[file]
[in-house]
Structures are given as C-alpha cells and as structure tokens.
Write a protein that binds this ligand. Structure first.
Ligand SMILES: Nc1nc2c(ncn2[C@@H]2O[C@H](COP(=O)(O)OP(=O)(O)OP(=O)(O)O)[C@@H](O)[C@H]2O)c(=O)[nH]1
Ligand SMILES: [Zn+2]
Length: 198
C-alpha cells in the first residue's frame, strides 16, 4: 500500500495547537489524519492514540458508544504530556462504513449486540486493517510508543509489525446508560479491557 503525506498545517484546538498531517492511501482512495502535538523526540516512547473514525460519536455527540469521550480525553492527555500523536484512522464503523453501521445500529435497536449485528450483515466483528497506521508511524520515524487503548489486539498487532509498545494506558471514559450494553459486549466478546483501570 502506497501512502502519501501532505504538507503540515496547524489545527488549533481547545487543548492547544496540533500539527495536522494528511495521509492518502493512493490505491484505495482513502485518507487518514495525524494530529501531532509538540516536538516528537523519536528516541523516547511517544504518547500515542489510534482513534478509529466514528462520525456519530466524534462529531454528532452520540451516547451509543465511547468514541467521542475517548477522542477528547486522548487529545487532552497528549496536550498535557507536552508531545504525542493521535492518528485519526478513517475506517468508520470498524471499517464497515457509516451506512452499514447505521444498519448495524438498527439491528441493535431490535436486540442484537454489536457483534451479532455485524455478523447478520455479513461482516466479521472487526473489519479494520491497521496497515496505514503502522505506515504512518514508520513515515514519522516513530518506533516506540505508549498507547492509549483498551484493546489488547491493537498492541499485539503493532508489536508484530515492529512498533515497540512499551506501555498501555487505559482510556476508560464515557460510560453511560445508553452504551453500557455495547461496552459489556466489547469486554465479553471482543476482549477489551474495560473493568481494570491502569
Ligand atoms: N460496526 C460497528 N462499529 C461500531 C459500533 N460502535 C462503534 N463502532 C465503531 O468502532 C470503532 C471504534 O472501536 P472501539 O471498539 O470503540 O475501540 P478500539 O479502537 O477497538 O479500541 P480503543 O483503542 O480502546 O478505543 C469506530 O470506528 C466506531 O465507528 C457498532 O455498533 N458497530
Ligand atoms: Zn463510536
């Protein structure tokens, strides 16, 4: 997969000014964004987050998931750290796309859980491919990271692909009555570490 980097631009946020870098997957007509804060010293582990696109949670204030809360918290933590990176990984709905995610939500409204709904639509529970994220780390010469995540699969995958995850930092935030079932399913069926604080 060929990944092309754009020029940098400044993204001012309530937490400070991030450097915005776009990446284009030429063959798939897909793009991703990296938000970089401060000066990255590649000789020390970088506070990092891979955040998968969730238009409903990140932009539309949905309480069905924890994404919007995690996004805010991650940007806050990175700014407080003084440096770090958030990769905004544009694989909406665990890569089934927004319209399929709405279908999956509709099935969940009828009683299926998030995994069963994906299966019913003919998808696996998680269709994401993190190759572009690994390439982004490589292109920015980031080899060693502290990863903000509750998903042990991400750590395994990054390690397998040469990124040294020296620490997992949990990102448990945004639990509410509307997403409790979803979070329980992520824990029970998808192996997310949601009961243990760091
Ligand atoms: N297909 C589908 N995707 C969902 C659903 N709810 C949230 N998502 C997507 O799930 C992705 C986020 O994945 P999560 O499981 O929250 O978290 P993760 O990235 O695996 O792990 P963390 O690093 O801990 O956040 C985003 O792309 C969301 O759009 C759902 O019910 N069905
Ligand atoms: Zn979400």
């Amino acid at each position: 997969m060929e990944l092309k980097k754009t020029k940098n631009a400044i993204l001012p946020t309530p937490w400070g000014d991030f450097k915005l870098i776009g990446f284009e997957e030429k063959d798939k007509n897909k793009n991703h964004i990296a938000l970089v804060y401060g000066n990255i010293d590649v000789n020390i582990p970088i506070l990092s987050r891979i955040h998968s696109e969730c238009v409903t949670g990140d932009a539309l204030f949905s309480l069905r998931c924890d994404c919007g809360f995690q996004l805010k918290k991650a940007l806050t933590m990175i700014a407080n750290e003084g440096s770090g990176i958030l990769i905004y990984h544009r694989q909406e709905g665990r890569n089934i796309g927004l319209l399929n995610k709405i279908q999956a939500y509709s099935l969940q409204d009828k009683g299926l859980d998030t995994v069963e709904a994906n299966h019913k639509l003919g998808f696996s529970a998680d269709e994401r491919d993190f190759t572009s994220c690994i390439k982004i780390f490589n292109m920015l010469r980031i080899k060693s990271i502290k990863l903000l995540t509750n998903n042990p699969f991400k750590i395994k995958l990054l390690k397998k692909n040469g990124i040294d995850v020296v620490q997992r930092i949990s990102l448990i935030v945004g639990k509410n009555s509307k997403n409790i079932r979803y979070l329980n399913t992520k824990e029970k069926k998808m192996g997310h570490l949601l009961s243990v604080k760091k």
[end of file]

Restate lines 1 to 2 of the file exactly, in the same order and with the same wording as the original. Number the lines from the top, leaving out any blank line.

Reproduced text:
[in-house]
Structures are given as C-alpha cells and as structure tokens.